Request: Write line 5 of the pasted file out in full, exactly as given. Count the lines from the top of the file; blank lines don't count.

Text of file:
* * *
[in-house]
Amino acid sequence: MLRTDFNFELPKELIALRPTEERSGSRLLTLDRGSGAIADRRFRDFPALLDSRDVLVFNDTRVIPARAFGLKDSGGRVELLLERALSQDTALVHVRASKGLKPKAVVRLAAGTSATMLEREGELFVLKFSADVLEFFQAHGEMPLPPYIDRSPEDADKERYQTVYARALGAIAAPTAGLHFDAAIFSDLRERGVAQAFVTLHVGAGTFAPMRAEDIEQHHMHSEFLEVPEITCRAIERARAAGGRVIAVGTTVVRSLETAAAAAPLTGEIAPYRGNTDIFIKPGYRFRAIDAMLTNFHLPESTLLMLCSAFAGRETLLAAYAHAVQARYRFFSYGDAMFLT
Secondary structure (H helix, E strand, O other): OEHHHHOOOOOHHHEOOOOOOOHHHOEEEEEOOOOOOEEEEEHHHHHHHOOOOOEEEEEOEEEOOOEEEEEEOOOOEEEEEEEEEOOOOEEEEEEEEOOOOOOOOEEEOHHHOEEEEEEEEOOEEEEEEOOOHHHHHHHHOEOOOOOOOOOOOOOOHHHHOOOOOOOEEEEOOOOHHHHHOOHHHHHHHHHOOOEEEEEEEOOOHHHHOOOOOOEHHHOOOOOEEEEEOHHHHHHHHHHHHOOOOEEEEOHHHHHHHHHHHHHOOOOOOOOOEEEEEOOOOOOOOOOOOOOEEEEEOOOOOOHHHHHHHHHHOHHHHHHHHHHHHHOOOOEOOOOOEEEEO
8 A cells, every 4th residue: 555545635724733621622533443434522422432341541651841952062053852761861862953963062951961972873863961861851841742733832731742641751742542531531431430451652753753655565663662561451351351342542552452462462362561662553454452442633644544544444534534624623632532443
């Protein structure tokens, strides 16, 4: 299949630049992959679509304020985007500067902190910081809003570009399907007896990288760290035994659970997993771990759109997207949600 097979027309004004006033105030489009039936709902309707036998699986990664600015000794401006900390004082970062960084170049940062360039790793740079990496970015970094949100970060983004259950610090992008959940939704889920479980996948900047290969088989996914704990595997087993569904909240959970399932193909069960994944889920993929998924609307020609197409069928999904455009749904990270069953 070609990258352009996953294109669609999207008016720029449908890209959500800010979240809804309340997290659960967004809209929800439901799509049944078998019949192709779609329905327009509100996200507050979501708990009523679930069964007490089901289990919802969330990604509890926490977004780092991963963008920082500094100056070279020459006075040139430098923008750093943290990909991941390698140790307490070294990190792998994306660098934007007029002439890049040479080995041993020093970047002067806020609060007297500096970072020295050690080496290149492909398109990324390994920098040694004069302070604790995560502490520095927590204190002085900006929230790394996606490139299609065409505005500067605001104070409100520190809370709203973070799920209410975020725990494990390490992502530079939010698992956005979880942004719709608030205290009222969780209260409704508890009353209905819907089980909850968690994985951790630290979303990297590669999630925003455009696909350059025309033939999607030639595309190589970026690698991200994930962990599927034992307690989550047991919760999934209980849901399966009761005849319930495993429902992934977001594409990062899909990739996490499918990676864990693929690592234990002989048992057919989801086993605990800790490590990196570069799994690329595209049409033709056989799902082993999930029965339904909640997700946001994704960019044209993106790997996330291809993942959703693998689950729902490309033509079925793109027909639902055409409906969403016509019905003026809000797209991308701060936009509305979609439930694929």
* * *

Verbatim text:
């Protein structure tokens, strides 16, 4: 299949630049992959679509304020985007500067902190910081809003570009399907007896990288760290035994659970997993771990759109997207949600 097979027309004004006033105030489009039936709902309707036998699986990664600015000794401006900390004082970062960084170049940062360039790793740079990496970015970094949100970060983004259950610090992008959940939704889920479980996948900047290969088989996914704990595997087993569904909240959970399932193909069960994944889920993929998924609307020609197409069928999904455009749904990270069953 070609990258352009996953294109669609999207008016720029449908890209959500800010979240809804309340997290659960967004809209929800439901799509049944078998019949192709779609329905327009509100996200507050979501708990009523679930069964007490089901289990919802969330990604509890926490977004780092991963963008920082500094100056070279020459006075040139430098923008750093943290990909991941390698140790307490070294990190792998994306660098934007007029002439890049040479080995041993020093970047002067806020609060007297500096970072020295050690080496290149492909398109990324390994920098040694004069302070604790995560502490520095927590204190002085900006929230790394996606490139299609065409505005500067605001104070409100520190809370709203973070799920209410975020725990494990390490992502530079939010698992956005979880942004719709608030205290009222969780209260409704508890009353209905819907089980909850968690994985951790630290979303990297590669999630925003455009696909350059025309033939999607030639595309190589970026690698991200994930962990599927034992307690989550047991919760999934209980849901399966009761005849319930495993429902992934977001594409990062899909990739996490499918990676864990693929690592234990002989048992057919989801086993605990800790490590990196570069799994690329595209049409033709056989799902082993999930029965339904909640997700946001994704960019044209993106790997996330291809993942959703693998689950729902490309033509079925793109027909639902055409409906969403016509019905003026809000797209991308701060936009509305979609439930694929």